Friday, December 27, 2013

The Time of the Doctor - Doctor Who Christmas Special 2013 Review

Okay, let’s start with disclaimer one: Steven Moffat is not a very strong show-runner for Doctor Who. Many people have had trouble with his over complicated plots that don’t really pay off, his relegation of companions to damsels in distress and his frankly messy characterisation. Disclaimer number two then, is the fact that none of the Doctor Who Christmas Specials have really been any good. There have been a couple that have been pretty good but overall, the Christmas Special is usually a bit of a let down. Disclaimer three is that this is a regeneration episode and those can be a little hit and miss. I personally loved Christopher Eccleston’s episode but was completely underwhelmed by David Tennant’s. Matt Smith’s could have gone either way.

With all that in mind, the short version of this review is that The Time of the Doctor was a big mess of long drawn out plots that needed wrapping up, sometimes rather precariously. It included, some might say as an afterthought, the regeneration of the Eleventh Doctor, Matt Smith. His performance, as has been the case throughout his tenure, was fantastic despite the messy plot and the questionable character moments. He saw his Doctor out with class and with what felt a little like a big warm hug.

Follow me for a little more about The Time of the Doctor under the cut.

We close out 2013 with the regeneration episode for the Eleventh Doctor, set during Clara’s family Christmas dinner. The general premise is that the Doctor has found himself at the source of a broadcast that no one can decipher. There are ships of every race massing at this point, preparing for the unknown and curious about the message being sent. The Doctor and Clara discover that it is being sent by the Time Lords, saved in a pocket universe by the Doctor and two previous versions of himself in the 50th Anniversary episode. Unfortunately, the rest of the races gathered at the planet also hear what the Doctor has discovered and vow to mount a war against the Time Lords if they return.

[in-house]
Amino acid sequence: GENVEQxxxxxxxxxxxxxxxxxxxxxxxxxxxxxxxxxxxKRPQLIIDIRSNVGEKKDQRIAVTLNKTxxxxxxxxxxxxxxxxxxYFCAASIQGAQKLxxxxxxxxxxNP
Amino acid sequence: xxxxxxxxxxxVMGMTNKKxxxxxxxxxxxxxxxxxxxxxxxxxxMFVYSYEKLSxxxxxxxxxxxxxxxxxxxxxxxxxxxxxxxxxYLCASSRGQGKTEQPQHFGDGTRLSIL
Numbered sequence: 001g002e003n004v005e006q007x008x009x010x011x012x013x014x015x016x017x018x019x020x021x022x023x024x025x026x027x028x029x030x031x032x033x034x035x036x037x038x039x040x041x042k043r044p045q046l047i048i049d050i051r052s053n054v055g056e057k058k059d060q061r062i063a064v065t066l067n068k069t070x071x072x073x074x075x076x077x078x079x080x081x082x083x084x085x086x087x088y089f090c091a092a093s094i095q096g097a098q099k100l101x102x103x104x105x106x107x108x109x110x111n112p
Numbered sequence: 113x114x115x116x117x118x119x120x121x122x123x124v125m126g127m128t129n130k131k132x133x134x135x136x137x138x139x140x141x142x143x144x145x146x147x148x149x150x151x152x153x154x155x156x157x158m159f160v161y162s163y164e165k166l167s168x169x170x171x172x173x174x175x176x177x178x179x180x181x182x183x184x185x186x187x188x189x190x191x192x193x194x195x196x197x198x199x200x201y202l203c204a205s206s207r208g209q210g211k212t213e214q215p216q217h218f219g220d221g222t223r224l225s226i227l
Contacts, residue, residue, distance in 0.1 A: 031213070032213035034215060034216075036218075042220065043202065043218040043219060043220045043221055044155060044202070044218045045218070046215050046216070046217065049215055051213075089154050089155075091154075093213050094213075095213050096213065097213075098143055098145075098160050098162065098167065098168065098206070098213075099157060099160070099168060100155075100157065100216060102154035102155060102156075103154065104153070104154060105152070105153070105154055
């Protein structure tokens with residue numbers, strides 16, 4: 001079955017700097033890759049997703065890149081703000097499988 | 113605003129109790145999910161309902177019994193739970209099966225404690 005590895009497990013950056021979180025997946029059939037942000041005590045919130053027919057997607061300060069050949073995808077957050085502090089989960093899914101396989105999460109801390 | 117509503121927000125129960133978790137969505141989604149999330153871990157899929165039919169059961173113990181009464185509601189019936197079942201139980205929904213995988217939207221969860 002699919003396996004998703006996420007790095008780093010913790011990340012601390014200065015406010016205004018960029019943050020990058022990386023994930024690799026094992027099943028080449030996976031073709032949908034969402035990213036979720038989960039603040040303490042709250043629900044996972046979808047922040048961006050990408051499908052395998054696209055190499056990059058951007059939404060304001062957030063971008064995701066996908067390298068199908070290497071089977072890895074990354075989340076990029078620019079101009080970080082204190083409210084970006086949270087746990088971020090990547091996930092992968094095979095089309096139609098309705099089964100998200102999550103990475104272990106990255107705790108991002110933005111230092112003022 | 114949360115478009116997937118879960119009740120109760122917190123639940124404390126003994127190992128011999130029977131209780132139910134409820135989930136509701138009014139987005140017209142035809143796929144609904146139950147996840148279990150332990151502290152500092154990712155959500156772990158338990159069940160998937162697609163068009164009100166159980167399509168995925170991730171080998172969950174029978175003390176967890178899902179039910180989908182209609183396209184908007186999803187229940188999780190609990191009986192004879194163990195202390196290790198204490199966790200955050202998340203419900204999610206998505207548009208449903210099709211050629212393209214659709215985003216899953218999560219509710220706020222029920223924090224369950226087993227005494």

Hence, we embark on a messy stand off spanning centuries.

There isn’t a lot that is coherent from this point on. Steven Moffat basically does exactly what Russell T Davis was accused of doing, but with less fan-service and more Moffat-service. There is no reason why the Weeping Angels and The Silence are creeping around at the beginning, no real explanation other than a cheap one liner to give Moffat an excuse to include his creations and pay them homage. How the Doctor didn’t work out it was Trenzalore from the beginning is well and truly beyond me. The Papal Mainframe/Church of the Silence thing was strange and a let down. It was doubly a shame because Orla Brady was actually very good in her role as Tasha Lem, but her character still followed Moffat’s predictable ‘women who are affected by the Doctor in childhood’ pattern. 

The episode was packed with back referencing from the crack in the wall and the Dalek puppets to references to the Five Doctor’s Classic Who special. It was difficult to see why the Doctor stayed and fought for so long at Christmas (the town) or why he ended up banding together with The Silence to defeat the Daleks (for the two seconds that part was shown). Basically, the battle being undertaken at Tenzalore made little to no sense at all.

So with that out of the way, and in the knowledge that the episode was basically rubbish, let’s talk about those tiny gems that made watching it unfold worth it.